The renewed program delivers a more personalised program for women by applying risk stratification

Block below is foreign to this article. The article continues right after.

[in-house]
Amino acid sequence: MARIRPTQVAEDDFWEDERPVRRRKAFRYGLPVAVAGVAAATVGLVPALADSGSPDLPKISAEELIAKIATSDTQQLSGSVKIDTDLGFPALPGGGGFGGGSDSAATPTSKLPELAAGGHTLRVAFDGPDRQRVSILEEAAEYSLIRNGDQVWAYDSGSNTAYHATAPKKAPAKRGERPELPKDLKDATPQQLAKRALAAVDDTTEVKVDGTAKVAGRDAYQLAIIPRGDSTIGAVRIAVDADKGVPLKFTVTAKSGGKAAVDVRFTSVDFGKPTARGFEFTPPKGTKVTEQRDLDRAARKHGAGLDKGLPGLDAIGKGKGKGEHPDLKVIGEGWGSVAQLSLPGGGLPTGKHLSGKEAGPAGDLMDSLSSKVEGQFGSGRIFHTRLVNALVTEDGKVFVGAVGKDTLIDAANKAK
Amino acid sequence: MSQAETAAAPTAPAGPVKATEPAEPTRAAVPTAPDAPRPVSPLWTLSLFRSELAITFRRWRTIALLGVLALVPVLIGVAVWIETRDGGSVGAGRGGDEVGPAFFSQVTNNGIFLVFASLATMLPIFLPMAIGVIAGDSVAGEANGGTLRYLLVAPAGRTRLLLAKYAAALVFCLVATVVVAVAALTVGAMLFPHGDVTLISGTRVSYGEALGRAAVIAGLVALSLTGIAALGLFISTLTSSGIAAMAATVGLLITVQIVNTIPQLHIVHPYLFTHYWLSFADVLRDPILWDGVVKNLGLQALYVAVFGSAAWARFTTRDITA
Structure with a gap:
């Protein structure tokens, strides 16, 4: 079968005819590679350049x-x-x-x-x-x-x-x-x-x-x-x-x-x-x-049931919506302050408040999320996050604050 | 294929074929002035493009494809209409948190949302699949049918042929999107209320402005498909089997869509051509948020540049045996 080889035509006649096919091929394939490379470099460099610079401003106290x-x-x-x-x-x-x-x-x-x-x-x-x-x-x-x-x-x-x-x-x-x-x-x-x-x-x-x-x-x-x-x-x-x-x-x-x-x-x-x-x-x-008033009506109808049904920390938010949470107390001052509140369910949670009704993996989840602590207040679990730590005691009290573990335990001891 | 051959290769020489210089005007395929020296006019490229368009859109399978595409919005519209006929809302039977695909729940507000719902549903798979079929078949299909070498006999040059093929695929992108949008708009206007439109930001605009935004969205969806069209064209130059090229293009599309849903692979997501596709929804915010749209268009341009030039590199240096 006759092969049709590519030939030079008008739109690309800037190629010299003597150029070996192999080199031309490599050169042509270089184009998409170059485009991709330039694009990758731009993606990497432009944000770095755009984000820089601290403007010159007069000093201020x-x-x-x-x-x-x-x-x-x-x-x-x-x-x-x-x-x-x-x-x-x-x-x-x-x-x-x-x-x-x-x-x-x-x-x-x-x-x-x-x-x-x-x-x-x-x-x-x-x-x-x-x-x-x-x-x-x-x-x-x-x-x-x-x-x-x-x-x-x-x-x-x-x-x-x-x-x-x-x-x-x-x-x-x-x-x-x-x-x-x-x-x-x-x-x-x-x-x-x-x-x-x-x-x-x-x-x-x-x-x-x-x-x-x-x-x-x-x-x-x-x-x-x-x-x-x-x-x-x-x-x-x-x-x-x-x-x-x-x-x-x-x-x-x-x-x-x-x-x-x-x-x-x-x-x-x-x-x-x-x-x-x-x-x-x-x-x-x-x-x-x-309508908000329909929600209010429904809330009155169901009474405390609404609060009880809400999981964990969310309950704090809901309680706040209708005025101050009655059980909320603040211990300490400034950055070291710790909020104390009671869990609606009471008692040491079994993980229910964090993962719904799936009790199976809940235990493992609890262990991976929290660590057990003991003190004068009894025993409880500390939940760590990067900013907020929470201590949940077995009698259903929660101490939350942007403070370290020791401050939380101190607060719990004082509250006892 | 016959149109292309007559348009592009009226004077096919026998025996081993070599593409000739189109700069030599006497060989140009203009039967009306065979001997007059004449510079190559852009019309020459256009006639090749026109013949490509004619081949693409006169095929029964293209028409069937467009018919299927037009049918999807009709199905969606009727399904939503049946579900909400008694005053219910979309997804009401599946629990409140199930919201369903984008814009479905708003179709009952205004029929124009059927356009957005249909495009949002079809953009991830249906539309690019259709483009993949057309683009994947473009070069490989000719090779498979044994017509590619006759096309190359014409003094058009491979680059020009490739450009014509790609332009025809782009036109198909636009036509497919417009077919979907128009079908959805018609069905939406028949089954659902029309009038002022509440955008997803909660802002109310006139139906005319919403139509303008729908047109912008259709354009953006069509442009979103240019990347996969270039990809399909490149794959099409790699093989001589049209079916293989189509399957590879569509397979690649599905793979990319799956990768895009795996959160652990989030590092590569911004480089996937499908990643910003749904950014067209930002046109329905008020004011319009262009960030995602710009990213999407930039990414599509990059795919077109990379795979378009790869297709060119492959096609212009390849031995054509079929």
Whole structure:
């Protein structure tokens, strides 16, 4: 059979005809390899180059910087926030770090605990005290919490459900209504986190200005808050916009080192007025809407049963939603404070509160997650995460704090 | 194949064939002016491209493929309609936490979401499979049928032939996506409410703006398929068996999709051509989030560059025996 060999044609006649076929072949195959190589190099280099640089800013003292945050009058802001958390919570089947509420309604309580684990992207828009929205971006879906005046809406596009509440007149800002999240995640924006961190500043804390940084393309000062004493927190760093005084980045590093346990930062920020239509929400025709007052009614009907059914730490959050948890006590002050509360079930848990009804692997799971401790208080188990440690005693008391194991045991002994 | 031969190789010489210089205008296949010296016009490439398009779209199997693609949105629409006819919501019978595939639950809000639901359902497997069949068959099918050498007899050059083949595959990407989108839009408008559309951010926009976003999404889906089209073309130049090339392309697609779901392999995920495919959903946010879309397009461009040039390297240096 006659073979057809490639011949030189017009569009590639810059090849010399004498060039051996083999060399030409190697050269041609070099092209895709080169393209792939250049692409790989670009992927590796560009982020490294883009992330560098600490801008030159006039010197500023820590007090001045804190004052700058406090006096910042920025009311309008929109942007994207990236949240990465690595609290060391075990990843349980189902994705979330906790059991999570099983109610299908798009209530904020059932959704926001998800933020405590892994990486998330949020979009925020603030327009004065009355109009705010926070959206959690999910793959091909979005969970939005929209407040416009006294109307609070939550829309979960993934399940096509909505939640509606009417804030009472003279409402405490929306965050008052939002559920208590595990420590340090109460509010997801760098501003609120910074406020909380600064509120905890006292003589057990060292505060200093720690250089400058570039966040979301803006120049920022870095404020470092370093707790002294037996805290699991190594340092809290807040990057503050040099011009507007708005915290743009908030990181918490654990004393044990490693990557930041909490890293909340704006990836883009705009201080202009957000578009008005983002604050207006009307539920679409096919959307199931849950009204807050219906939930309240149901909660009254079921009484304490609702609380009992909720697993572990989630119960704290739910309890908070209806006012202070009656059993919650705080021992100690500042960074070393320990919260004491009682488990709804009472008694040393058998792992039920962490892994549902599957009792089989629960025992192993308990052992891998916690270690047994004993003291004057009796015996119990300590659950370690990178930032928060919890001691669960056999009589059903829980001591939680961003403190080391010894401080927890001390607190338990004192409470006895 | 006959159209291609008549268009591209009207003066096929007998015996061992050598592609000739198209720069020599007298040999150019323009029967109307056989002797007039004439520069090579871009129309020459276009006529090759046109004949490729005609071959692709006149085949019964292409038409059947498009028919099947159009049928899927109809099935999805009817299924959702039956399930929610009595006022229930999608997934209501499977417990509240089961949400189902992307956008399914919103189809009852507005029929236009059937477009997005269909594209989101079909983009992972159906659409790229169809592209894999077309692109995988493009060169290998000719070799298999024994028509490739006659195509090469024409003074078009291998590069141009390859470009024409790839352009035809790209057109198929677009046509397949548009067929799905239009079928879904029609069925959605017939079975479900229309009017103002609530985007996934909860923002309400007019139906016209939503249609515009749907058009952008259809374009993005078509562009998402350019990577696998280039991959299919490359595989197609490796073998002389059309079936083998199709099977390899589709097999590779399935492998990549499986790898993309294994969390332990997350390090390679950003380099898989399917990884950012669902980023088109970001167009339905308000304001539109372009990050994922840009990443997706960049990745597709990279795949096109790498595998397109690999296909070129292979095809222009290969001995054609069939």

An estimated 570 000 women were diagnosed with cervical cancer in 2018, and its incidence and mortality are particularly high in low and middle income countries.1 In Australia, the incidence of cervical cancer has plummeted since the national screening program was introduced in the early 1990s.2 More recently, the national human papillomavirus (HPV) vaccination program for teenage girls and boys was followed by a reduction in the proportion of women with high grade dysplasia and an increase in the age at which such pathology is detected,3 reflecting the positive health impacts of the program. The elimination of cervical cancer as a public health problem and the associated premature mortality is an exciting but realistic prospect.4
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